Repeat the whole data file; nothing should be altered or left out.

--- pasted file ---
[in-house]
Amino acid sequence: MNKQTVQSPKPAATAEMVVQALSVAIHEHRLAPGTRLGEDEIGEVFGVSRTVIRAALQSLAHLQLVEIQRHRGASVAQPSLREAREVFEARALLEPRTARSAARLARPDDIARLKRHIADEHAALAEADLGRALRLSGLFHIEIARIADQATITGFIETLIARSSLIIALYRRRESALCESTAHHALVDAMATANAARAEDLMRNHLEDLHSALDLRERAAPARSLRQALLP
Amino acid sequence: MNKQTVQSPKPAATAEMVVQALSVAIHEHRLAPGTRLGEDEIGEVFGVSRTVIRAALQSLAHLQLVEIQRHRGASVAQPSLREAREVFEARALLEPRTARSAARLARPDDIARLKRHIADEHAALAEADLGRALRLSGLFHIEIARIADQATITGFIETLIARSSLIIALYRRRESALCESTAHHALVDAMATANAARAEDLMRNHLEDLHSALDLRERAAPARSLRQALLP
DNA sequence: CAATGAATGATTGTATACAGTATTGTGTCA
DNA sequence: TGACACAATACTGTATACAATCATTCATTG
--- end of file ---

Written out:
[in-house]
Amino acid sequence: MNKQTVQSPKPAATAEMVVQALSVAIHEHRLAPGTRLGEDEIGEVFGVSRTVIRAALQSLAHLQLVEIQRHRGASVAQPSLREAREVFEARALLEPRTARSAARLARPDDIARLKRHIADEHAALAEADLGRALRLSGLFHIEIARIADQATITGFIETLIARSSLIIALYRRRESALCESTAHHALVDAMATANAARAEDLMRNHLEDLHSALDLRERAAPARSLRQALLP
Amino acid sequence: MNKQTVQSPKPAATAEMVVQALSVAIHEHRLAPGTRLGEDEIGEVFGVSRTVIRAALQSLAHLQLVEIQRHRGASVAQPSLREAREVFEARALLEPRTARSAARLARPDDIARLKRHIADEHAALAEADLGRALRLSGLFHIEIARIADQATITGFIETLIARSSLIIALYRRRESALCESTAHHALVDAMATANAARAEDLMRNHLEDLHSALDLRERAAPARSLRQALLP
DNA sequence: CAATGAATGATTGTATACAGTATTGTGTCA
DNA sequence: TGACACAATACTGTATACAATCATTCATTG